The twin brother of a man accused of murdering 26-year-old NSW school teacher Stephanie Scott has pleaded guilty to being an accessory after the fact to murder.
Marcus Stanford pleaded guilty to the charge on Thursday for his role in the death of Scott in April 2015.
Stanford and his twin brother Vincent faced a committal hearing in Griffith Local Court where Vincent Stanford, charged with sexually assaulting and murdering Scott, had the sexual assault charge dropped and replaced with another charge that hasn't been made public.
Vincent Stanford was committed for arraignment on May 6 while Marcus Stanford is expected to be sentenced in May in the Supreme Court.
Scott’s burnt body was found in the Cocoparra National Park, about 70 kilometres from the town of Leeton, where she worked as a teacher at the local high school.
Vincent Stanford, a 25-year-old cleaner at the school, was arrested four days after her disappearance, charged with sexual assault and murder.
His twin brother was arrested in June last year and charged with being an accessory after the fact. He was extradited from South Australia to NSW at the time after he allegedly received a number of items in the post connected to Scott’s death.
The twin brothers were born in Tasmania and moved to the Netherlands in their teenage years but had recently returned to Australia. The brothers, plus their mother and another brother had lived in Leeton for a year before Scott’s tragic death.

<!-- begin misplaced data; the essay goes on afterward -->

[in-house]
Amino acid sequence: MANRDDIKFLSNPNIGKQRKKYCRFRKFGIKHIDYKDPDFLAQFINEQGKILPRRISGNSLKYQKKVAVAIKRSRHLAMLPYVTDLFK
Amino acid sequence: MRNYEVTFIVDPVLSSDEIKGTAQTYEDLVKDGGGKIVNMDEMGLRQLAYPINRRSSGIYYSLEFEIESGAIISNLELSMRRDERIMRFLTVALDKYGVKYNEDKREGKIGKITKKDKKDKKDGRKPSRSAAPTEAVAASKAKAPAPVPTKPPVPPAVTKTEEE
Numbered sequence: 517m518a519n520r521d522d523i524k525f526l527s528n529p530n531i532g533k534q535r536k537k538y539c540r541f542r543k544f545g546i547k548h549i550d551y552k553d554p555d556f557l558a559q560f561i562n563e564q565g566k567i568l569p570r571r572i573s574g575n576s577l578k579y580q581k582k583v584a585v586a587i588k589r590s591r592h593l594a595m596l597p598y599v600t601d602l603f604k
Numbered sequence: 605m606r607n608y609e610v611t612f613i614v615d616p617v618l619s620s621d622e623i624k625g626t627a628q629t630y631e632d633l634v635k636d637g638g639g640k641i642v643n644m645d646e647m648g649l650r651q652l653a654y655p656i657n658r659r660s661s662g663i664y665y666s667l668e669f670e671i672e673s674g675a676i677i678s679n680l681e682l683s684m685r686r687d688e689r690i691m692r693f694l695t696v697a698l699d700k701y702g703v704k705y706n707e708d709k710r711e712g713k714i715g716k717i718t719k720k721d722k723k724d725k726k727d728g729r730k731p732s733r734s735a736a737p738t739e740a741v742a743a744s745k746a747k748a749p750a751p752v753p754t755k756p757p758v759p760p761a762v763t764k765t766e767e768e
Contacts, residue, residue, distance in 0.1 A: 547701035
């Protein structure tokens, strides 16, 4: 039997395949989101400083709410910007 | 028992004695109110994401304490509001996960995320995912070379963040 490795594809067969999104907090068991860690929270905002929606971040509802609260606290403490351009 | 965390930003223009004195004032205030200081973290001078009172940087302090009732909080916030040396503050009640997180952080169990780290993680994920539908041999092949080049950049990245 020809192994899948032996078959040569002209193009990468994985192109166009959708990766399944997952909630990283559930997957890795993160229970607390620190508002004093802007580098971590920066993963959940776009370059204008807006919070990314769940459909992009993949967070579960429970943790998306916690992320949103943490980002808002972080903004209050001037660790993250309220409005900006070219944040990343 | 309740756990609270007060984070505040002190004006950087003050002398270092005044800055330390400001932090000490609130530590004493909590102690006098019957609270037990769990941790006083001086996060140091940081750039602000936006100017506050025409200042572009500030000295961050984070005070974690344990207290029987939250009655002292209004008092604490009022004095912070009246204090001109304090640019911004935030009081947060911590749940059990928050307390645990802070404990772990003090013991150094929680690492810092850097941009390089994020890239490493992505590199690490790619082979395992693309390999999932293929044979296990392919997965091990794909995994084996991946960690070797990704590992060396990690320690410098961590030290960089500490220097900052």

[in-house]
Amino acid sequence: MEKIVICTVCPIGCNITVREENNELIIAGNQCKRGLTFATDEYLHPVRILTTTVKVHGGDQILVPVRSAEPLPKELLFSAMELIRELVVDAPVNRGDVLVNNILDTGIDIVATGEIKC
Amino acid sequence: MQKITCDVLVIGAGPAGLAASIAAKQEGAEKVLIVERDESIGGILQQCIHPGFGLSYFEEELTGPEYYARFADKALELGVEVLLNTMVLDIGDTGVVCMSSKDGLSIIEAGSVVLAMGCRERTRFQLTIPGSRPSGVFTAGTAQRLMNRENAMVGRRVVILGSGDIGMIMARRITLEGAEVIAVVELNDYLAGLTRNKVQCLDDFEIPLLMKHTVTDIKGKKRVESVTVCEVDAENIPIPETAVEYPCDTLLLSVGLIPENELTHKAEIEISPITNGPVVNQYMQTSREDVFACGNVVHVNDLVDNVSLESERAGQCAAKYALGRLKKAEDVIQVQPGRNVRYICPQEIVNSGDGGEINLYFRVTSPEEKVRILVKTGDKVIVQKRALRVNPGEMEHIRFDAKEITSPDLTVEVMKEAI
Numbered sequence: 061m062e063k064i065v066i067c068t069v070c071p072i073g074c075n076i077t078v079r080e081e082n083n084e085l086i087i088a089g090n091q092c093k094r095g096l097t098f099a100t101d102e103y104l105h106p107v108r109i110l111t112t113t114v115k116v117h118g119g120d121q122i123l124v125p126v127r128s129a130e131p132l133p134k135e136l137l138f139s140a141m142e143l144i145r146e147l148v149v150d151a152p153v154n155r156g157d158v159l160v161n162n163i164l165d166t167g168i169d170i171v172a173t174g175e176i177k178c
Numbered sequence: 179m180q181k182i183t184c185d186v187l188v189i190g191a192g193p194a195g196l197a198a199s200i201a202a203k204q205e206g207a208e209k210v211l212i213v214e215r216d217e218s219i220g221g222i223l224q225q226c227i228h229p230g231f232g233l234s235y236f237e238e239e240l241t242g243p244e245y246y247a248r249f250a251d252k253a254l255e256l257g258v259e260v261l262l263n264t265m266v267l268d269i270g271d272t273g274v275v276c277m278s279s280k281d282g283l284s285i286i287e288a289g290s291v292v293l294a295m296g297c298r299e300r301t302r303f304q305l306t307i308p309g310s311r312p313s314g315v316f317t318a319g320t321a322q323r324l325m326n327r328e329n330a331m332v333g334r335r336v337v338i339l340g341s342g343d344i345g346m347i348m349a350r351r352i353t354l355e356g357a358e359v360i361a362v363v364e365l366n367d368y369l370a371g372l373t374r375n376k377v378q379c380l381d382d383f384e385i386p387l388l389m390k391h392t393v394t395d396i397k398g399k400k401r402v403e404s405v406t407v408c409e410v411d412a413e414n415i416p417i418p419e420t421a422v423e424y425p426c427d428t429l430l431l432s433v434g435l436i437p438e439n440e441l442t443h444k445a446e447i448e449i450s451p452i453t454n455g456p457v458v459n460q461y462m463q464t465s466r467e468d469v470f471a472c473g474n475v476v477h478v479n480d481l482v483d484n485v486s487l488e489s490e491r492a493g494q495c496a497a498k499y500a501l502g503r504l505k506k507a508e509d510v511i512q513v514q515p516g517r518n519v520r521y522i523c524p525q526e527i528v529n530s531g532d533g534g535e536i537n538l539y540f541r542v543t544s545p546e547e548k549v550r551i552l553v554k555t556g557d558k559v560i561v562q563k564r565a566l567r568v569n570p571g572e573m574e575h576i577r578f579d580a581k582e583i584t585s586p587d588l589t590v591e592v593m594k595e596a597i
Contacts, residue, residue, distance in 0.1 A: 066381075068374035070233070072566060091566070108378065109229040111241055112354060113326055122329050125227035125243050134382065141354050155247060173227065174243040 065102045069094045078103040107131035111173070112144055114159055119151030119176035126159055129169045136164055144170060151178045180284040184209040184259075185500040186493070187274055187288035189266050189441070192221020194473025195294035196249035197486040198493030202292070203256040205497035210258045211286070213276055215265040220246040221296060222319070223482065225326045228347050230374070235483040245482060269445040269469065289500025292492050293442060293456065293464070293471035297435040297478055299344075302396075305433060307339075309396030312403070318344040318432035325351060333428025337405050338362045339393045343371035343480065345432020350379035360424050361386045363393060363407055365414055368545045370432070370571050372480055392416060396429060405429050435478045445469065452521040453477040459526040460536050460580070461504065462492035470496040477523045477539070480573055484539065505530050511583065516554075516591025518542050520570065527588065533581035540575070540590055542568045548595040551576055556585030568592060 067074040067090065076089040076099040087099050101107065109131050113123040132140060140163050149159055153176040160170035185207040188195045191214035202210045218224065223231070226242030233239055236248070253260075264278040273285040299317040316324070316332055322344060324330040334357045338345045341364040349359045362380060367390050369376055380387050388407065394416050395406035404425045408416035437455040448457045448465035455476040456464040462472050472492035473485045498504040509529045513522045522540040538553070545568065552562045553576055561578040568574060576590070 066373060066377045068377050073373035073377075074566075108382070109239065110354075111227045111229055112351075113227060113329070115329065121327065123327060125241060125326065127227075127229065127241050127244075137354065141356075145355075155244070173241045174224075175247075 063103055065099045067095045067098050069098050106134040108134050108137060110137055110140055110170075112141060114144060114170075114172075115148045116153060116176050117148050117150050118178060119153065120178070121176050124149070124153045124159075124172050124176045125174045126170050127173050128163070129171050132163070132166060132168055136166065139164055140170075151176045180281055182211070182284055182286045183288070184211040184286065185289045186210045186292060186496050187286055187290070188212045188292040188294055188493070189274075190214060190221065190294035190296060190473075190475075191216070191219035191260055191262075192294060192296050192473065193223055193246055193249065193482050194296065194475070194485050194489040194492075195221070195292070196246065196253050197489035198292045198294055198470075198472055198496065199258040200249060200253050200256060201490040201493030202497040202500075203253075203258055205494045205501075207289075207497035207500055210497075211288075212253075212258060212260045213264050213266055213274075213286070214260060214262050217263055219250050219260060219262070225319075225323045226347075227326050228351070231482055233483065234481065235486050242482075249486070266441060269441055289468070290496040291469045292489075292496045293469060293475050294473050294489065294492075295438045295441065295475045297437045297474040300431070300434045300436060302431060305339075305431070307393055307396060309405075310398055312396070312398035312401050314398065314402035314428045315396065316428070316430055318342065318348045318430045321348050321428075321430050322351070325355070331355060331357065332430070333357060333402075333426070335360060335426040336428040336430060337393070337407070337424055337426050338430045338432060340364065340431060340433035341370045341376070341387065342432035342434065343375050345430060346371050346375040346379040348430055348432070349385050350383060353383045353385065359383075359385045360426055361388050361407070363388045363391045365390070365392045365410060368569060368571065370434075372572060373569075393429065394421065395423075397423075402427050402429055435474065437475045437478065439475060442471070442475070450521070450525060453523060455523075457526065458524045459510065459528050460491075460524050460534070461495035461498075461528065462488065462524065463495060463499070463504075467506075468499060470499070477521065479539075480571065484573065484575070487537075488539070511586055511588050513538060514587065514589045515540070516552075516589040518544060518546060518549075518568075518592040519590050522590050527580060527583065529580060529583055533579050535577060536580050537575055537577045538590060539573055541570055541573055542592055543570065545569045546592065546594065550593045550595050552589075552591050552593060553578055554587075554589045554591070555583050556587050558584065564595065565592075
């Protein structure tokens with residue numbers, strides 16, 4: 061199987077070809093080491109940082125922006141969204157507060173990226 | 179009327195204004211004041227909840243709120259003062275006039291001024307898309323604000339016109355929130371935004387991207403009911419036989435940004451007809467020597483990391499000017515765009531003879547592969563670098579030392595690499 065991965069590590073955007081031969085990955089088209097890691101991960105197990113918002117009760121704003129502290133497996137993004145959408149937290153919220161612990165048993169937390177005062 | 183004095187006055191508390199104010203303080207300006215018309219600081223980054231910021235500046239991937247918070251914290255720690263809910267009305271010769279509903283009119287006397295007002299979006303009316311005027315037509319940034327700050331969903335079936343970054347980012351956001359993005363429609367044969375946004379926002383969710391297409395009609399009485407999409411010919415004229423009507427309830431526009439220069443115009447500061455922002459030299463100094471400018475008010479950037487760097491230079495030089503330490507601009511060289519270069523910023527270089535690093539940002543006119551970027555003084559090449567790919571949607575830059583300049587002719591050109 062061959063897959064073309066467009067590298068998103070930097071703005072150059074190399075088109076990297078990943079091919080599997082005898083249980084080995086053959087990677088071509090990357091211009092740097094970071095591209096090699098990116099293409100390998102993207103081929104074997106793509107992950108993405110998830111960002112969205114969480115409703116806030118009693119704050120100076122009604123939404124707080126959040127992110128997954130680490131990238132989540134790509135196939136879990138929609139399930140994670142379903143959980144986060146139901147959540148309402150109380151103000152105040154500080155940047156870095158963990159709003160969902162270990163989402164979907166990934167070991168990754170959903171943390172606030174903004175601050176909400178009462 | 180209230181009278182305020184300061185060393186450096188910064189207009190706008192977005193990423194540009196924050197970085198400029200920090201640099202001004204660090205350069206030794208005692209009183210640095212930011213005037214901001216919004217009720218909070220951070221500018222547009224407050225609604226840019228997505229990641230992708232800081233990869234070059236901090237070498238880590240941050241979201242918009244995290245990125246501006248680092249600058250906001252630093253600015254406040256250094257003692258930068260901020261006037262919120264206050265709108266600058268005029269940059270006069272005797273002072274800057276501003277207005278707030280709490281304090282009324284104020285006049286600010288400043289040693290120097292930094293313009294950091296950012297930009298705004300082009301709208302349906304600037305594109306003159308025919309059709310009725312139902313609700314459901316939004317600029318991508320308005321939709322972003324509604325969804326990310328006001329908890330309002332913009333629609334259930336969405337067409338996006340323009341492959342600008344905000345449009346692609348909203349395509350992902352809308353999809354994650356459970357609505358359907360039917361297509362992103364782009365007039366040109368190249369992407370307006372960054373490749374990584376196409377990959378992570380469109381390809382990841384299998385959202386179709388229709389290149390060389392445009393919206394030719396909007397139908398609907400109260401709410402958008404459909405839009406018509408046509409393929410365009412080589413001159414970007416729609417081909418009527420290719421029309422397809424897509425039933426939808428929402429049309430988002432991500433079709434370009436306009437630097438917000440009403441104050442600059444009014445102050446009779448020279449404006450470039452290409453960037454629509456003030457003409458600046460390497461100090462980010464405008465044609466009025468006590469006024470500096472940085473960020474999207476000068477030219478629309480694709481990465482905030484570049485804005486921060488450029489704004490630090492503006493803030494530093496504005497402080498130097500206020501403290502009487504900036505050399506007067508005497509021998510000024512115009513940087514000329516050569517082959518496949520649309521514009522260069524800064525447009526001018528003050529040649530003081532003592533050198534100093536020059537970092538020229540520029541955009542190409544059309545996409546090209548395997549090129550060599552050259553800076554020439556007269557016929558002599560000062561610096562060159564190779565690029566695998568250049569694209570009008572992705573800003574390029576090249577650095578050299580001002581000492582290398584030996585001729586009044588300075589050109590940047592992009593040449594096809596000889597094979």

When popular school teacher Scott disappeared just days before her wedding in April 2015, her family and friends knew something terrible had happened.
She was on the verge of marrying her partner, Aaron Leeson-Woolley. She was a devoted, loving family member who adored her students and was looking forward to being a married woman. In the eyes of those who knew her, there was no way she would have disappeared voluntarily.
Scott was last seen on Easter Sunday, April 5, preparing lessons for a relief teacher who would look after her students while she was on her planned honeymoon the following week. Police, family and friends immediately launched a painstaking search involving divers and hundreds of volunteers. Scott’s family hired a helicopter to help in the search for her car which was eventually found abandoned in a field at Wamoon, near Leeton.
Hundreds of people turned up to a special memorial for Scott, releasing yellow balloons (Scott’s favourite colour) into the sky and reading poignant messages, remembering a much-loved daughter, sister, fiancé and teacher. There was an outpouring of grief at Scott's school, with bouquets of flowers and touching notes left at the front gate.
Scott’s sister, Kim, used social media to publish a poem she had written for her sister’s wedding.
Members of Scott's family attended Griffith court this morning, including her parents, sister and fiancé.Suggest a correction